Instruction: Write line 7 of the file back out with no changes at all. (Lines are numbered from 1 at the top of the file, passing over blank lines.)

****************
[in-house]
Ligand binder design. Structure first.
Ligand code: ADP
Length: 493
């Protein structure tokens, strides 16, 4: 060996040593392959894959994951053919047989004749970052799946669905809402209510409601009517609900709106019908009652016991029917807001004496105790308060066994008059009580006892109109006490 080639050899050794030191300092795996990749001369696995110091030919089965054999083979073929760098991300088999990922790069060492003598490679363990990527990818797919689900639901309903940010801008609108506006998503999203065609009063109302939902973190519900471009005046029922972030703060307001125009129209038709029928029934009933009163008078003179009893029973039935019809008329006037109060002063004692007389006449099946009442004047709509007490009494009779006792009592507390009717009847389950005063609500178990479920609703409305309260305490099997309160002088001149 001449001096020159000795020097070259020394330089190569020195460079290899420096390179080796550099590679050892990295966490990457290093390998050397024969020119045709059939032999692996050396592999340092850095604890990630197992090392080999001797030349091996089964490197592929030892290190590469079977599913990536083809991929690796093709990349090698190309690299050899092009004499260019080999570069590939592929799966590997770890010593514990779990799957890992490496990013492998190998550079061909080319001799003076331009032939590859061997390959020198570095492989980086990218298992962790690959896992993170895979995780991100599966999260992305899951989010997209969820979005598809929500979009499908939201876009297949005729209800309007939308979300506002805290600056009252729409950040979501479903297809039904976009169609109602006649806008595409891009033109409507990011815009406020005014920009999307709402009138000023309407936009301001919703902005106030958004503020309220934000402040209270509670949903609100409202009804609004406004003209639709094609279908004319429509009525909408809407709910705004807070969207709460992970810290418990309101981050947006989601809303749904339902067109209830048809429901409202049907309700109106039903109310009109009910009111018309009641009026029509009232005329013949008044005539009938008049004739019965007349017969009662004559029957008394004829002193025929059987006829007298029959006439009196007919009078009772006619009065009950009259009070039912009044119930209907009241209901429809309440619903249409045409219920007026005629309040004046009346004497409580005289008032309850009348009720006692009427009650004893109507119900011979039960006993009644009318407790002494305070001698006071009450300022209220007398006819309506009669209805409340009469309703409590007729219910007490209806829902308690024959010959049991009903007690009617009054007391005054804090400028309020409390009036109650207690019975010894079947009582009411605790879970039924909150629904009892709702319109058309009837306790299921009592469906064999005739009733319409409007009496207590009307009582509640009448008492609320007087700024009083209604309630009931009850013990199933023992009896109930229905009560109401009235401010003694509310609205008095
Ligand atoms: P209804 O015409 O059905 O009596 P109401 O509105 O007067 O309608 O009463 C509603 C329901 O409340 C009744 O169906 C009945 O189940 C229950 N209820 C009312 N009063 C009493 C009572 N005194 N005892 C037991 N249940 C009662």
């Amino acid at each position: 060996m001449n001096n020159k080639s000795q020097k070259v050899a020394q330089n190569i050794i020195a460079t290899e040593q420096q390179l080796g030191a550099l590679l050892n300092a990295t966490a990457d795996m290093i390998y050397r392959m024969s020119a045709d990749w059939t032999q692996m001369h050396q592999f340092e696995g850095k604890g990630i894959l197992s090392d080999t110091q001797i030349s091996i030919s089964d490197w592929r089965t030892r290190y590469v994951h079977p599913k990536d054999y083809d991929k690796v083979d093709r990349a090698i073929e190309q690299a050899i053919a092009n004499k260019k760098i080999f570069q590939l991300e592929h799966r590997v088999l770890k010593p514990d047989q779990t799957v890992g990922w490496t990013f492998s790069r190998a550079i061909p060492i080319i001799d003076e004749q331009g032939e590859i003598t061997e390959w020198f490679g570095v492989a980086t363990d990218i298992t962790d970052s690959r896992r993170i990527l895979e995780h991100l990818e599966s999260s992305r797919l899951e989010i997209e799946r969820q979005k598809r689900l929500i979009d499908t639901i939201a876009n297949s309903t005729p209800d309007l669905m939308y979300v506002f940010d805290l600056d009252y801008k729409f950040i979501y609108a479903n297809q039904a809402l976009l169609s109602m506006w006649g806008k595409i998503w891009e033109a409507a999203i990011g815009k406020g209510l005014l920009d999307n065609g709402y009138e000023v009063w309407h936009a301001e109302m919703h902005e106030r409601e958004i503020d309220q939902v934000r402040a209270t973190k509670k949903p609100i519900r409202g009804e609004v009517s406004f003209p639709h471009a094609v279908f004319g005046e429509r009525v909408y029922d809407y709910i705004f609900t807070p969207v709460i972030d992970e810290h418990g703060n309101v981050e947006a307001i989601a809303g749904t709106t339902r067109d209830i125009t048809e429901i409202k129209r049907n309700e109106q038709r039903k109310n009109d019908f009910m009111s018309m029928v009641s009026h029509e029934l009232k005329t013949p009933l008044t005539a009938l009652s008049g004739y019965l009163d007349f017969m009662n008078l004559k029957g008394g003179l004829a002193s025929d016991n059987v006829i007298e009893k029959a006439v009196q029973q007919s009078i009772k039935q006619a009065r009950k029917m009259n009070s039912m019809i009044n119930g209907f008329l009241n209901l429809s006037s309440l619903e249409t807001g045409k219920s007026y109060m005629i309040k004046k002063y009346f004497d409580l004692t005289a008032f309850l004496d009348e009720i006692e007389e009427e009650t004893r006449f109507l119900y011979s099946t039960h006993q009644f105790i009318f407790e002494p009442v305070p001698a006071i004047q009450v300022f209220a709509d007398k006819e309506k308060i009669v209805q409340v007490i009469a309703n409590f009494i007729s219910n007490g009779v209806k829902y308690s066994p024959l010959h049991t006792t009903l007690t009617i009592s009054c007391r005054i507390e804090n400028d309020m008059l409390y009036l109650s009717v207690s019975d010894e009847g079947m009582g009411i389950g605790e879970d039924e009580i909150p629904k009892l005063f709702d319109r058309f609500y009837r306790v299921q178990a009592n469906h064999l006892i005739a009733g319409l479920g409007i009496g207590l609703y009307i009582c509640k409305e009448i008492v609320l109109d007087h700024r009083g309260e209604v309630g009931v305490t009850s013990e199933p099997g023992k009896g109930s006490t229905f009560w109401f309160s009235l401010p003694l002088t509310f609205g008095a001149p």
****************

């Amino acid at each position: 060996m001449n001096n020159k080639s000795q020097k070259v050899a020394q330089n190569i050794i020195a460079t290899e040593q420096q390179l080796g030191a550099l590679l050892n300092a990295t966490a990457d795996m290093i390998y050397r392959m024969s020119a045709d990749w059939t032999q692996m001369h050396q592999f340092e696995g850095k604890g990630i894959l197992s090392d080999t110091q001797i030349s091996i030919s089964d490197w592929r089965t030892r290190y590469v994951h079977p599913k990536d054999y083809d991929k690796v083979d093709r990349a090698i073929e190309q690299a050899i053919a092009n004499k260019k760098i080999f570069q590939l991300e592929h799966r590997v088999l770890k010593p514990d047989q779990t799957v890992g990922w490496t990013f492998s790069r190998a550079i061909p060492i080319i001799d003076e004749q331009g032939e590859i003598t061997e390959w020198f490679g570095v492989a980086t363990d990218i298992t962790d970052s690959r896992r993170i990527l895979e995780h991100l990818e599966s999260s992305r797919l899951e989010i997209e799946r969820q979005k598809r689900l929500i979009d499908t639901i939201a876009n297949s309903t005729p209800d309007l669905m939308y979300v506002f940010d805290l600056d009252y801008k729409f950040i979501y609108a479903n297809q039904a809402l976009l169609s109602m506006w006649g806008k595409i998503w891009e033109a409507a999203i990011g815009k406020g209510l005014l920009d999307n065609g709402y009138e000023v009063w309407h936009a301001e109302m919703h902005e106030r409601e958004i503020d309220q939902v934000r402040a209270t973190k509670k949903p609100i519900r409202g009804e609004v009517s406004f003209p639709h471009a094609v279908f004319g005046e429509r009525v909408y029922d809407y709910i705004f609900t807070p969207v709460i972030d992970e810290h418990g703060n309101v981050e947006a307001i989601a809303g749904t709106t339902r067109d209830i125009t048809e429901i409202k129209r049907n309700e109106q038709r039903k109310n009109d019908f009910m009111s018309m029928v009641s009026h029509e029934l009232k005329t013949p009933l008044t005539a009938l009652s008049g004739y019965l009163d007349f017969m009662n008078l004559k029957g008394g003179l004829a002193s025929d016991n059987v006829i007298e009893k029959a006439v009196q029973q007919s009078i009772k039935q006619a009065r009950k029917m009259n009070s039912m019809i009044n119930g209907f008329l009241n209901l429809s006037s309440l619903e249409t807001g045409k219920s007026y109060m005629i309040k004046k002063y009346f004497d409580l004692t005289a008032f309850l004496d009348e009720i006692e007389e009427e009650t004893r006449f109507l119900y011979s099946t039960h006993q009644f105790i009318f407790e002494p009442v305070p001698a006071i004047q009450v300022f209220a709509d007398k006819e309506k308060i009669v209805q409340v007490i009469a309703n409590f009494i007729s219910n007490g009779v209806k829902y308690s066994p024959l010959h049991t006792t009903l007690t009617i009592s009054c007391r005054i507390e804090n400028d309020m008059l409390y009036l109650s009717v207690s019975d010894e009847g079947m009582g009411i389950g605790e879970d039924e009580i909150p629904k009892l005063f709702d319109r058309f609500y009837r306790v299921q178990a009592n469906h064999l006892i005739a009733g319409l479920g409007i009496g207590l609703y009307i009582c509640k409305e009448i008492v609320l109109d007087h700024r009083g309260e209604v309630g009931v305490t009850s013990e199933p099997g023992k009896g109930s006490t229905f009560w109401f309160s009235l401010p003694l002088t509310f609205g008095a001149p």